Giving gifts should be a fun and personal experience. And as they say, "It's the thought that counts". So make sure you put the right amount of thought into the gifts you give for every person on your list by following our checklist of what NOT to give:
Rule #1: Avoid gifts of utility
In general, unless someone specifically asks for (or hints at) a gift like this, don't give it! It is really easy to take the gift the wrong way - a scale could imply the person is overweight or a vacuum cleaner could imply you think their house is messy.
Rule #2: Do preliminary research
Make sure you know the age and gender of the recipient; if you're buying for a coworker's child, for example, it makes a big difference if the child is a baby or a teenager! Also try to ask what other gift givers are giving so the person doesn't end up with duplicates. My grandpa used to love putting puzzles together and every Christmas would receive about 30 puzzles as gifts! It was funny at first but year after year it came to be way too much.
You may find the gift fun, original, and surprising, but the recipient might think it's tacky and will never use it. If you're unsure, then don't get it. Simpler is usually better. For example, you may think a Christmas-themed candle holder is absolutely perfect, but to make sure your gift is well-received, maybe you could get some solid-colored candles instead. It's the same idea but is less specific to your tastes.
Rule #4: Avoid the gift that keeps on taking
It may seem like a good idea to buy a child a themed Lego set, until they point out that they need the other boxes in the set in order to build anything worthwhile. Now the parents have to go out and buy MORE stuff in order to make the toy useful. Or a dartboard without the darts or martini glasses without a martini shaker. Same goes for things that require batteries. Either buy everything they need to make it useful or choose another gift. That isn't to say that you need to buy EVERYTHING - for example, you could give a dollhouse for a gift and then for years continue buying furniture and decorations for it. Presents like that will continue to give you gift ideas for years to come. Just be sure that the first gift you give is useful in itself and doesn't cost the person time or money to get use out of it.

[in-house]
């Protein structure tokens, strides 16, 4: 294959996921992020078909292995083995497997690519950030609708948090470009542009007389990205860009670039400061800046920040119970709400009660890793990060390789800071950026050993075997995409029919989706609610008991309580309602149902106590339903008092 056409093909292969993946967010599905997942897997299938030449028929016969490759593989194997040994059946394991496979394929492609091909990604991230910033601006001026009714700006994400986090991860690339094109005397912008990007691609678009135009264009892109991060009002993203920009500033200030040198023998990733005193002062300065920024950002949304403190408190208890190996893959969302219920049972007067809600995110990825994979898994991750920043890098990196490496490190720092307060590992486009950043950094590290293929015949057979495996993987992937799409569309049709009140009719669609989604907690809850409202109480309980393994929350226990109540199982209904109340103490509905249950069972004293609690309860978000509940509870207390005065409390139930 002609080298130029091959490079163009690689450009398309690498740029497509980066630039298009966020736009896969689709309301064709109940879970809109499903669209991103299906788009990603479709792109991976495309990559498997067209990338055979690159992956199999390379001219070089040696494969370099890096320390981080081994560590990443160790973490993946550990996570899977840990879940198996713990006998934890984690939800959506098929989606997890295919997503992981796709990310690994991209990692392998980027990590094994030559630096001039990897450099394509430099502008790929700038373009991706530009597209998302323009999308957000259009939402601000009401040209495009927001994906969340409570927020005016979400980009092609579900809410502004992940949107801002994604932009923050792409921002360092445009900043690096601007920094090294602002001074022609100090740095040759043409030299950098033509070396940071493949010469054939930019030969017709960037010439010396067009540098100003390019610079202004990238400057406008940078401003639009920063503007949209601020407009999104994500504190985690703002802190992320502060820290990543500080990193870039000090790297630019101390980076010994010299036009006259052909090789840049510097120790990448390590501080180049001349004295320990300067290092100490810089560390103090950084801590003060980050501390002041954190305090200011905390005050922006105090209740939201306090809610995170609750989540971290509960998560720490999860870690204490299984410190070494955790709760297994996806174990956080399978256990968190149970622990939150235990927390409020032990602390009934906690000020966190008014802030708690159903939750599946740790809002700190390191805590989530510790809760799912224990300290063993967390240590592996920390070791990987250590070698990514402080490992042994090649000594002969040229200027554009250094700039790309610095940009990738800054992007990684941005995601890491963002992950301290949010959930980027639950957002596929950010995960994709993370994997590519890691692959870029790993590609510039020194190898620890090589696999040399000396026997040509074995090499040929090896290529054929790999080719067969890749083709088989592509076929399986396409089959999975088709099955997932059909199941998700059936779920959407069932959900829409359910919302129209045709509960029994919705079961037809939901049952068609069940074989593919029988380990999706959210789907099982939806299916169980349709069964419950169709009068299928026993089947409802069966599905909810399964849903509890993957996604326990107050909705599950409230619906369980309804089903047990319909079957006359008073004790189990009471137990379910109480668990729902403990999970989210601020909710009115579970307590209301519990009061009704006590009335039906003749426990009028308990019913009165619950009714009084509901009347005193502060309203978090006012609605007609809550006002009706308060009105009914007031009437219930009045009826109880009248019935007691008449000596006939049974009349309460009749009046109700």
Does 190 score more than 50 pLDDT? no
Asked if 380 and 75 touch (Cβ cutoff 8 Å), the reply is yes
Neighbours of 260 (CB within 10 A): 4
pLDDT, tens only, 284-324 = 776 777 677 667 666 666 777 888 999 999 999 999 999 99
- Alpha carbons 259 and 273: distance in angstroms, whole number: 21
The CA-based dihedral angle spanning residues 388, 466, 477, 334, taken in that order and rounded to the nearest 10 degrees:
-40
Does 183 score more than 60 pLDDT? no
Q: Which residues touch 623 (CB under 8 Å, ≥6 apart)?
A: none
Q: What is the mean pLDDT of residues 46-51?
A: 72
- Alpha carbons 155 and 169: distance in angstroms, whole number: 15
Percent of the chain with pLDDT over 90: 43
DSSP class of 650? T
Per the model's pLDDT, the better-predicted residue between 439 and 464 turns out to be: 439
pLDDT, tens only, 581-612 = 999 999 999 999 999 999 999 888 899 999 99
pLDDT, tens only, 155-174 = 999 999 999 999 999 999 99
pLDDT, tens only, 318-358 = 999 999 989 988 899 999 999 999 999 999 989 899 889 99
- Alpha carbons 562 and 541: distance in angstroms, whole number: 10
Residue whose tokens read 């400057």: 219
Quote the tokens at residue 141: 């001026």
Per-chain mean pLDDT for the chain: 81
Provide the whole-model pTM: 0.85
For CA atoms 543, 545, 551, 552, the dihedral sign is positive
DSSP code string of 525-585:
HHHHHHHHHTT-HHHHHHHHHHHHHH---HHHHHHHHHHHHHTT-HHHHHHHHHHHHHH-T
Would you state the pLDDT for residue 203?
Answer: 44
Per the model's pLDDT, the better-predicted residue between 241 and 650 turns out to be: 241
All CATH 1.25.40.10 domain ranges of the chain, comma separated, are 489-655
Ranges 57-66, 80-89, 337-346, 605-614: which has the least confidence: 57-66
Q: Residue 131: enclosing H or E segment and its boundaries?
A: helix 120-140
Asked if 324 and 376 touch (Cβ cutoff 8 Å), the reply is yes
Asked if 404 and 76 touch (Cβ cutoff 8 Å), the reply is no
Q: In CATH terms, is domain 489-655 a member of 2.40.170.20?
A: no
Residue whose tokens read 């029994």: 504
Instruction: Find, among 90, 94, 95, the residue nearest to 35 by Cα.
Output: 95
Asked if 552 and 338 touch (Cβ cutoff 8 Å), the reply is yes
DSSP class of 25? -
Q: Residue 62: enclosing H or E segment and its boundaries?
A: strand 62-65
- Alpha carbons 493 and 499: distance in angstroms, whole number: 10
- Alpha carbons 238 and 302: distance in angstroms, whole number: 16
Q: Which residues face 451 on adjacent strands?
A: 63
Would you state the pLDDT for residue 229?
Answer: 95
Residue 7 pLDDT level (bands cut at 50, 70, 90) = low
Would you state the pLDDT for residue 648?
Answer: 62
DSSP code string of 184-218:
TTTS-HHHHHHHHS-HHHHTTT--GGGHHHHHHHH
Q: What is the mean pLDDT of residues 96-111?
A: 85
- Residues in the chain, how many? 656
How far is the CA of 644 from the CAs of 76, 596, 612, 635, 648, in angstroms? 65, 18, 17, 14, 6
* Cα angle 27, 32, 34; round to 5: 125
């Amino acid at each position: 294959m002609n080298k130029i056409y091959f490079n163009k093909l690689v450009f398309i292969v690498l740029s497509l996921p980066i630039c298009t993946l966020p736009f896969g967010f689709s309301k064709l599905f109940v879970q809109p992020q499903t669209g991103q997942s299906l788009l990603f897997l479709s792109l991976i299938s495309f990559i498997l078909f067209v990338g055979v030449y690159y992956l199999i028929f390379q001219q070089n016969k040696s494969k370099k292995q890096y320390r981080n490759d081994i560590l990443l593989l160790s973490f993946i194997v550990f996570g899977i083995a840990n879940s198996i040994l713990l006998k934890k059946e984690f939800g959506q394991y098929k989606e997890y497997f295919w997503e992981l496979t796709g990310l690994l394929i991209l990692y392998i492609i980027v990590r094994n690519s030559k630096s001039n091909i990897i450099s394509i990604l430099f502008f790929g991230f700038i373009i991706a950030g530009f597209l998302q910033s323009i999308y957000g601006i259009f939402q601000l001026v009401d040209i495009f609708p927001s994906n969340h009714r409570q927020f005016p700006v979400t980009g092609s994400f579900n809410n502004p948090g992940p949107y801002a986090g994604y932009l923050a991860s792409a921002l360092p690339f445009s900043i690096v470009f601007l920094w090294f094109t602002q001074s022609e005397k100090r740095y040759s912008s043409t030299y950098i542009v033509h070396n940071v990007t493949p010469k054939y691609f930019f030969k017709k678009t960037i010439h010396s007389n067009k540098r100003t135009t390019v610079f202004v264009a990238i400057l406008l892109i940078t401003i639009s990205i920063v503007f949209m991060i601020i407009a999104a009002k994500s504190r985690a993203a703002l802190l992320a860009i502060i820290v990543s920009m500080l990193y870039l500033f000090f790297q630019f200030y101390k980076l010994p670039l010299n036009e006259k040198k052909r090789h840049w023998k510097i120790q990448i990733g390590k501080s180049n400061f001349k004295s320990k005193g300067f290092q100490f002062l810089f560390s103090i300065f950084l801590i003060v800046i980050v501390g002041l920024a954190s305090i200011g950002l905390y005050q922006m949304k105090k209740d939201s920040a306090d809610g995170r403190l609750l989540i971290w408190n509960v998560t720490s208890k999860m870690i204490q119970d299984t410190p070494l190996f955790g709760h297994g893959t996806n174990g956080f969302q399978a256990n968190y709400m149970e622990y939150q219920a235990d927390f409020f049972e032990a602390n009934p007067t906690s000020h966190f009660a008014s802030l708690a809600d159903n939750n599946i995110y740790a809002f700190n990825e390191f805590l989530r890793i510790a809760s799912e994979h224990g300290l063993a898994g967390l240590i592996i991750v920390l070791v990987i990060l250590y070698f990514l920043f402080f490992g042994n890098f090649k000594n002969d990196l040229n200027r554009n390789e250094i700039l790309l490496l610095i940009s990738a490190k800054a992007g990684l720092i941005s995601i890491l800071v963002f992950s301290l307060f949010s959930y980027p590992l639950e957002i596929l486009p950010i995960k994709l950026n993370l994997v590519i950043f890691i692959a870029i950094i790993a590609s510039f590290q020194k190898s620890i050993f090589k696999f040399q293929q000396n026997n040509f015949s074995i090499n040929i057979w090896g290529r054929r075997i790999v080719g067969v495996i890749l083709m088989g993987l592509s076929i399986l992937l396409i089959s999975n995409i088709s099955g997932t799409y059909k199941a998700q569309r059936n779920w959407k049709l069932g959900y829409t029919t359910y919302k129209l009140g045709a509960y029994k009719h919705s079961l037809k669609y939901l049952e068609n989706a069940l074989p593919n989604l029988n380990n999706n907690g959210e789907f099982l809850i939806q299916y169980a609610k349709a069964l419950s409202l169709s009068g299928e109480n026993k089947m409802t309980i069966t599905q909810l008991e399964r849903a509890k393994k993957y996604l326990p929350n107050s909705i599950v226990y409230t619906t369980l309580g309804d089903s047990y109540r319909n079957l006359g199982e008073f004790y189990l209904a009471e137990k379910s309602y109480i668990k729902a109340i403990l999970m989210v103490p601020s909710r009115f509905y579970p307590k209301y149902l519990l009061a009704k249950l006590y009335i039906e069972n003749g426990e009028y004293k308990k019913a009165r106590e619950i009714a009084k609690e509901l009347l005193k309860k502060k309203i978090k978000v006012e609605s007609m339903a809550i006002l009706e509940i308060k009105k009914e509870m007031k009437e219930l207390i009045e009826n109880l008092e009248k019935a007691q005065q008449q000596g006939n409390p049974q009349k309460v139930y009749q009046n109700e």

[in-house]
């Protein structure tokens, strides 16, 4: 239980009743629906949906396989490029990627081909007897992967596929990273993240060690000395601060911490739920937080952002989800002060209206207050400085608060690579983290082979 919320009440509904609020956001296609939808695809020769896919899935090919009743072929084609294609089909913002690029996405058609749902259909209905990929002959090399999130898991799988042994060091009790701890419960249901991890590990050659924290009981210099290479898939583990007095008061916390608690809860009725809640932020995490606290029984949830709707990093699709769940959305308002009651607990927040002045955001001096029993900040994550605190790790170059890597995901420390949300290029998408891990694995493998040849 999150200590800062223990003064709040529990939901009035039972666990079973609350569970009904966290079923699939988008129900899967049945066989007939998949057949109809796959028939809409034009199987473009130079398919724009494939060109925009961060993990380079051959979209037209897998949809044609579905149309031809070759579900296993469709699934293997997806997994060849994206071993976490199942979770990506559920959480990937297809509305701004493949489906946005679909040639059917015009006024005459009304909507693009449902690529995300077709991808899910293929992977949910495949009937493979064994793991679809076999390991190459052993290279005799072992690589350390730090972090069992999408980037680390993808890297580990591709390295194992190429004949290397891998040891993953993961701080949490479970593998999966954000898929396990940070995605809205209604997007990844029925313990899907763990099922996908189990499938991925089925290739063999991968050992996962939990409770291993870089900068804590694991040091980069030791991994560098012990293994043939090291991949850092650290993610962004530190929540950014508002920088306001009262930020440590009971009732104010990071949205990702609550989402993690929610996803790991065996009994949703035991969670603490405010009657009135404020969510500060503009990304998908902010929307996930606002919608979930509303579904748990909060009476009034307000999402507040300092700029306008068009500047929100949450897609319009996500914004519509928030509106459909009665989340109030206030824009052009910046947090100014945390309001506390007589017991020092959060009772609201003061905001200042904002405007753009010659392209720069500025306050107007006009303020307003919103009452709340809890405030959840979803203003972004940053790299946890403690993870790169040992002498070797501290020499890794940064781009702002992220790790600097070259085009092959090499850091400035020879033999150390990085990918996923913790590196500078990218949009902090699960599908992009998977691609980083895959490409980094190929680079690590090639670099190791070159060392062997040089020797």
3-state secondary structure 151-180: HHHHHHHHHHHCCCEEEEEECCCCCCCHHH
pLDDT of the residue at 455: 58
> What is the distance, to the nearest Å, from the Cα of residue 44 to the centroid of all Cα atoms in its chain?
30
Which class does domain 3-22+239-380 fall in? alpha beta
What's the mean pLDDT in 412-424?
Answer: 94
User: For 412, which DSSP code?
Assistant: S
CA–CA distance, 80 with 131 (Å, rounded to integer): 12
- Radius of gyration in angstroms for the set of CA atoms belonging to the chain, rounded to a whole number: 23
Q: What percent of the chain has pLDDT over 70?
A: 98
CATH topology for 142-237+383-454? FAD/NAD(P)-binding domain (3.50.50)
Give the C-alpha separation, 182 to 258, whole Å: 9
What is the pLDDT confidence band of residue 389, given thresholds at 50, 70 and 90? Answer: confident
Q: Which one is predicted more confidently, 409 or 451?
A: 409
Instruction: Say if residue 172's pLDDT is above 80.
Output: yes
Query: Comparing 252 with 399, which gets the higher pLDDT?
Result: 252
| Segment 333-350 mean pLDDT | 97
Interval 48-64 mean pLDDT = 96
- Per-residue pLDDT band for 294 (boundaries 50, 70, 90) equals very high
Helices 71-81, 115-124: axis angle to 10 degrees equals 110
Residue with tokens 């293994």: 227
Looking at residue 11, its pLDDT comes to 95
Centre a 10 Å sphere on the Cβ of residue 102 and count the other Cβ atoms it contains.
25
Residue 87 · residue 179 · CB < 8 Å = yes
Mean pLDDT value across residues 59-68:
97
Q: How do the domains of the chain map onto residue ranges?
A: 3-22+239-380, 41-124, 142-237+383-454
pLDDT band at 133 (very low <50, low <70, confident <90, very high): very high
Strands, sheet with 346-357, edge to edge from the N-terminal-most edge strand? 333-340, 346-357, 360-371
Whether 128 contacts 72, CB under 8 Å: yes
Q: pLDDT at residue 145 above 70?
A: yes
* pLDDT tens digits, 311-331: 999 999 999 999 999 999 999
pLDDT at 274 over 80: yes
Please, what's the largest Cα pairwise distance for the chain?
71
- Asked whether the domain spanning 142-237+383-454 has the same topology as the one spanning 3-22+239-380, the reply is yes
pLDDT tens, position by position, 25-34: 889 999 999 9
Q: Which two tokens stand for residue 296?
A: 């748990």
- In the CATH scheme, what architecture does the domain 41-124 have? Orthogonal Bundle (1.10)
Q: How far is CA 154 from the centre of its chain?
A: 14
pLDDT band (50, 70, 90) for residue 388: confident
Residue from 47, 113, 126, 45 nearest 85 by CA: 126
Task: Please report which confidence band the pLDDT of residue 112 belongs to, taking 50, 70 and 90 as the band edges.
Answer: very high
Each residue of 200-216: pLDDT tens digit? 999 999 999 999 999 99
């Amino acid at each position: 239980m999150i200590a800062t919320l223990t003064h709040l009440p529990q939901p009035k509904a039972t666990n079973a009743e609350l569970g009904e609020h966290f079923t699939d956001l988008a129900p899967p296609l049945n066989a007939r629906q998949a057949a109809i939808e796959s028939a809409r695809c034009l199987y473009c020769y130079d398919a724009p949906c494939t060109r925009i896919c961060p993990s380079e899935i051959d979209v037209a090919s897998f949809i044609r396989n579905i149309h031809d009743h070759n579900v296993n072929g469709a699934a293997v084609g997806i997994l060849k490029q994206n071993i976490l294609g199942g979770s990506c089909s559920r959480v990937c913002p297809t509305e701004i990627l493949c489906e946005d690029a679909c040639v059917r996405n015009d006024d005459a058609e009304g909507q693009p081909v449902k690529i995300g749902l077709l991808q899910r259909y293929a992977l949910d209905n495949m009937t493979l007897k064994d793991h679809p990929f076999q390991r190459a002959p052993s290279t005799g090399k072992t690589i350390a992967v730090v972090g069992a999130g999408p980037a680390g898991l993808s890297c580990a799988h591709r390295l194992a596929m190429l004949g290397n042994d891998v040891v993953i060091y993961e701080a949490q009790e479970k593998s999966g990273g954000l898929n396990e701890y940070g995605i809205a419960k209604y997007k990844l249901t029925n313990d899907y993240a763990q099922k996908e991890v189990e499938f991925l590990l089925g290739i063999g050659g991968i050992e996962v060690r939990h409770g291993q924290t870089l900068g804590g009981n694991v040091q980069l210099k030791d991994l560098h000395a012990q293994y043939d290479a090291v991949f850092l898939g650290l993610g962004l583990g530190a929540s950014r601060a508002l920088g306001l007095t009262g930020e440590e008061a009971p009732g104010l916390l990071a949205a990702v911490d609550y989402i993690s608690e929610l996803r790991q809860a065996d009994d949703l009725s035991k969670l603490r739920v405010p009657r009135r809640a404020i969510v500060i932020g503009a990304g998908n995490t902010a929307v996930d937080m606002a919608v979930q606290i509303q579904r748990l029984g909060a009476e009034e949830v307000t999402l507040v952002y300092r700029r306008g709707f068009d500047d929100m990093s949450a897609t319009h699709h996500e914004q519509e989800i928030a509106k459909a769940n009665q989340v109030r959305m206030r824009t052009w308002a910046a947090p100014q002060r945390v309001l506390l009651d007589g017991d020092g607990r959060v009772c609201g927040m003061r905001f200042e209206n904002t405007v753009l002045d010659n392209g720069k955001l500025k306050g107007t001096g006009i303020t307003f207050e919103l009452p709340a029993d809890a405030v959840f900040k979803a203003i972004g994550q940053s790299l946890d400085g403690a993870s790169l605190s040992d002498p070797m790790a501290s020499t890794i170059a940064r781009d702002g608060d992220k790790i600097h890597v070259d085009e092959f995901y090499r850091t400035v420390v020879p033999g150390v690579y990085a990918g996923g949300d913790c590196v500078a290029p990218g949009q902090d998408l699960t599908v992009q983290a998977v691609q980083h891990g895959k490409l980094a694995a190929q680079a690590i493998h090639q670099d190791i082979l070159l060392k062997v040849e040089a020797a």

Rule #5: Regifting
Regifting is actually a great way to put items to good use, while saving money and making someone happy at the same time. There's nothing wrong with regifting as long as you do it right. First, the item has to be new. This means that it's either in its original packaging or you can wrap it in a way that will feel like it's new - no one wants to know they've received a regifted gift! Second, make sure it's something you would want to give the person anyway. Don't just dig around your house for something you can get rid of. Make sure it's a gift they would truly enjoy. Wrap it up nicely and deliver with a thoughtful card and no one has to know you didn't buy it especially for that occasion!
Follow these tips and you should be able to avoid some of the surprisingly common pitfalls in gift-giving. And remember, when you're the recipient of a gift, no matter how zany it may be, always accept it graciously and be happy that someone cared enough to give a gift at all! At a minimum, it could make a great gift for someone else next year or could make for a great story!
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